I’ve written about no fault divorce and statistics about divorce – such as the January divorce month phenomenon – before. The no-fault concept in Florida means you no longer have to prove a reason for the divorce, like your husband’s alleged infidelity with a congresswoman. Instead, you just need to state under oath that your marriage is “irretrievably broken.”

Before the no-fault divorce era, people who wanted to get divorce either had to reach agreement in advance with the other spouse that the marriage was over, or throw mud at each other and prove wrongdoing like adultery or abuse.

No-fault laws were the result of trying to change the way divorces played out in court. No fault laws have reduced the number of feuding couples who felt the need to resort to distorted facts, lies, and the need to focus the trial on who did what to whom.

New Year, New You

In a University of Washington study, researchers analyzed filings in Washington state and found that divorces consistently peaked in March and August.

Associate sociology professor Julie Brines, who co-authored the study, says that winter and summer holidays are typically seen as “culturally sacred times for families,” and that filing for divorce can be seen as inappropriate, or even taboo, during these times.

Many couples ostensibly might think that spending Christmas together or taking the family on a summer vacation might help smooth over any marital troubles.

People tend to face the holidays with rising expectations, despite what disappointments they might have had in years past. They represent periods in the year when there’s the anticipation or the opportunity for a new beginning, a new start, something different, a transition into a new period of life. It’s like an optimism cycle, in a sense.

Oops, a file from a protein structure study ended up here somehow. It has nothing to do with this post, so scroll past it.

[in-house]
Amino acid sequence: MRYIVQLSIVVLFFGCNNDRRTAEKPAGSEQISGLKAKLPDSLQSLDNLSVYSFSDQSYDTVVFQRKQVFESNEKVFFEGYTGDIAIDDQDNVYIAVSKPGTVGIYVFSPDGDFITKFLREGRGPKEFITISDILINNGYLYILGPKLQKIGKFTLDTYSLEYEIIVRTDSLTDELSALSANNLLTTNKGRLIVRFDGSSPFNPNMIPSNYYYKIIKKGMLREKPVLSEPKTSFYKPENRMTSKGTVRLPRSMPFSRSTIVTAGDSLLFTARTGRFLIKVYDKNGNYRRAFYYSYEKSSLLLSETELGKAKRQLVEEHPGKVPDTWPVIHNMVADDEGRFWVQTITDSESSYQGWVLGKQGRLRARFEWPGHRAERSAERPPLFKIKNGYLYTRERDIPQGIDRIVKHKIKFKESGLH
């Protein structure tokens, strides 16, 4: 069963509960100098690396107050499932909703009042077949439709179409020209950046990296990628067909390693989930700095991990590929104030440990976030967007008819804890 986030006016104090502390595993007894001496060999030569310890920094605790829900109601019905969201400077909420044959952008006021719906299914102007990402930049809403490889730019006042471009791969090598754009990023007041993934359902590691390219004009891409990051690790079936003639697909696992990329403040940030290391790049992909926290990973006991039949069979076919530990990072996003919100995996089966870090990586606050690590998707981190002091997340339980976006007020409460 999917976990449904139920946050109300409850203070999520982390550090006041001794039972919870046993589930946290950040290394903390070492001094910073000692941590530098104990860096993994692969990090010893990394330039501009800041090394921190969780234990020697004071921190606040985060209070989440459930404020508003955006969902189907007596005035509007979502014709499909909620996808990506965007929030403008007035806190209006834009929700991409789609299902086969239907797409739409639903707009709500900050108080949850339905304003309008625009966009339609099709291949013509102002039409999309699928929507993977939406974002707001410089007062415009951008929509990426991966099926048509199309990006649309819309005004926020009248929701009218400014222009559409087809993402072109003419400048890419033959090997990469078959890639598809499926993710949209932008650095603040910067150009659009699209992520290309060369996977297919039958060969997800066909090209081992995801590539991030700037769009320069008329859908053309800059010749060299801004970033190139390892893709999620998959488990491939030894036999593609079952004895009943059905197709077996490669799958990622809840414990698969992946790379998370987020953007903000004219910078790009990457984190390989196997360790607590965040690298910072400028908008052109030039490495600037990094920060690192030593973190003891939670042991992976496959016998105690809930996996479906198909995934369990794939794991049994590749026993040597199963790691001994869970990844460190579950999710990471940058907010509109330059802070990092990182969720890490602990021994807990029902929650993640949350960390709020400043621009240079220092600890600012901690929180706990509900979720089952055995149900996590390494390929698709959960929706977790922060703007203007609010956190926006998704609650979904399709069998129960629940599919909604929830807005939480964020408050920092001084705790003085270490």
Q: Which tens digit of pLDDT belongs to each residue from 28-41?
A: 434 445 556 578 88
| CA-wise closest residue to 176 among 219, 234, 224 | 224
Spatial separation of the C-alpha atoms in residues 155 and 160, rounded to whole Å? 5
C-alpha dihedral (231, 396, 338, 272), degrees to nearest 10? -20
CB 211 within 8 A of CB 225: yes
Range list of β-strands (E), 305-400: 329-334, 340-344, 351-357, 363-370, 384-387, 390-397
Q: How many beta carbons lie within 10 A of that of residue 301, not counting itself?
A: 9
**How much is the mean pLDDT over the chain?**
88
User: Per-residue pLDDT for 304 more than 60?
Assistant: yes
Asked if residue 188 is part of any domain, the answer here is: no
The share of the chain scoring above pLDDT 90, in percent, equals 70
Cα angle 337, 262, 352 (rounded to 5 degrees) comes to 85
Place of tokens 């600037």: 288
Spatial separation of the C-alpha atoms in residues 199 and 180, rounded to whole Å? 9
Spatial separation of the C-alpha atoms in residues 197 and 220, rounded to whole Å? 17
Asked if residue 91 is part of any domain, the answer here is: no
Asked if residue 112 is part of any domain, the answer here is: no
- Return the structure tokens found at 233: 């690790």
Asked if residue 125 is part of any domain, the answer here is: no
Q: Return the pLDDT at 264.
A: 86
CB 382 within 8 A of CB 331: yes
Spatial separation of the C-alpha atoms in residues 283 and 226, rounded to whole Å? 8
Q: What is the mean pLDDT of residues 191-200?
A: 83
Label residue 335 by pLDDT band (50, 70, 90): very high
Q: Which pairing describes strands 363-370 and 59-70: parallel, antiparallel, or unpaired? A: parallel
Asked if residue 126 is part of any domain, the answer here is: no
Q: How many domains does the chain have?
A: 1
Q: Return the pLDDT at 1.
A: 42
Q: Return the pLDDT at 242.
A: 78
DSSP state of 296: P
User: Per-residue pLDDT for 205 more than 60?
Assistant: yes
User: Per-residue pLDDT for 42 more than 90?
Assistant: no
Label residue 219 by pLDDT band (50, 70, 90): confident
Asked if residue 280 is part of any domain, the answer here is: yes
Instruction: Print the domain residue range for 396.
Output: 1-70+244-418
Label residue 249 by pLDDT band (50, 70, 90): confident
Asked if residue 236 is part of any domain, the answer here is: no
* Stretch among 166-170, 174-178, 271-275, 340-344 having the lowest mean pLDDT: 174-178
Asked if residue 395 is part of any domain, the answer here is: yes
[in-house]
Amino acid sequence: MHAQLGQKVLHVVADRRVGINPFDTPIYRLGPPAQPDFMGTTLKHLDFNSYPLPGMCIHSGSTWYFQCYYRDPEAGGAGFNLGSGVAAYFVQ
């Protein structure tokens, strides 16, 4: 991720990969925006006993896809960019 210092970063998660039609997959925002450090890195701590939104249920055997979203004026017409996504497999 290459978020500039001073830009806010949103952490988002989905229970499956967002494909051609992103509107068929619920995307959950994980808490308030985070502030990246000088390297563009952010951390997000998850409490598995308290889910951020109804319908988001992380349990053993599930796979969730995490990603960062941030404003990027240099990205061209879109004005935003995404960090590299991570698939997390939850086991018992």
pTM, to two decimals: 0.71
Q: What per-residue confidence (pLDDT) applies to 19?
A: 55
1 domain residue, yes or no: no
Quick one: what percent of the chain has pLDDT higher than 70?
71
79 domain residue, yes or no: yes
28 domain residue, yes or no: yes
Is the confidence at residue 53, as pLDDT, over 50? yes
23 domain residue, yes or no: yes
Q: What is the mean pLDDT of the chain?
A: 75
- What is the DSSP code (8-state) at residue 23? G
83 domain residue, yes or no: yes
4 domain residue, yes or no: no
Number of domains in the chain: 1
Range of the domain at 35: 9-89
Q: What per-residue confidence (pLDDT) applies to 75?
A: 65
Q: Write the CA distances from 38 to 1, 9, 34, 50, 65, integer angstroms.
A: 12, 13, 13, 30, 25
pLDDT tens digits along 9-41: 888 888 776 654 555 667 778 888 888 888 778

In any case, January is here. Happy new year.

The Men’s Journal article is here.

Child Custody, Religion and Sweat Lodges

For many parents, religion and child custody disputes can make you sweat. After a father in Nebraska is enjoined from taking his son to his Native American tribal sweat lodge, he raises the freedom of religion as his defense. How will the court balance freedom of religion with child custody?

Child Custody Sweat Lodge

Sweating the Small Stuff?

The parents have an 11-year old son. The parties never married, and their relationship ended 10 years ago. In 2015, the father was in a severe automobile accident in which he collided with a wall at 75 miles per hour. He suffered a broken back, a traumatic brain injury, and bleeding in his brain.

At that time, a court adopted the parents’ joint stipulation that the mother receive sole physical and legal custody and the father received parenting time set out under their parenting plan. Six years later the father asked to modify the Order. In addition to answering the modification petition, the mother tried to enjoin the father from taking their son to sweat lodges.

A sweat lodge is a hole which holds stones that have been warmed by fire, inside layers of tarps and blankets. The father’s best estimate of the temperature inside the sweat lodge is 100 degrees at most. The amount of time inside the sweat lodge with the door closed is usually 45 minutes, although the amount of time at the sweat lodge is usually 1½ hours.

The father wants his son to be involved with his activities. He defines an “Indigenous life” as “spirituality,” a way of life more than a religion. He fears that by not allowing his son in the sweat lodge, its participants will not be able to include him in prayers.

Additionally, the child will not be able to hear stories of his ancestors, because the elders with such wisdom tell those stories only while in the sweat lodge. He argues an injunction his son from participating in sweat lodges violates his First Amendment rights.

Conversely, the mother believed sweat lodges are unsafe. Her son takes Clonidine for his ODD, which affects his blood pressure. Neither parent checked with the child’s doctor to ensure the sweat lodge would not have a negative interaction with the Clonidine.

The trial court enjoined the father from taking his son to the tribal sweat lodge.

Florida Religion and Child Custody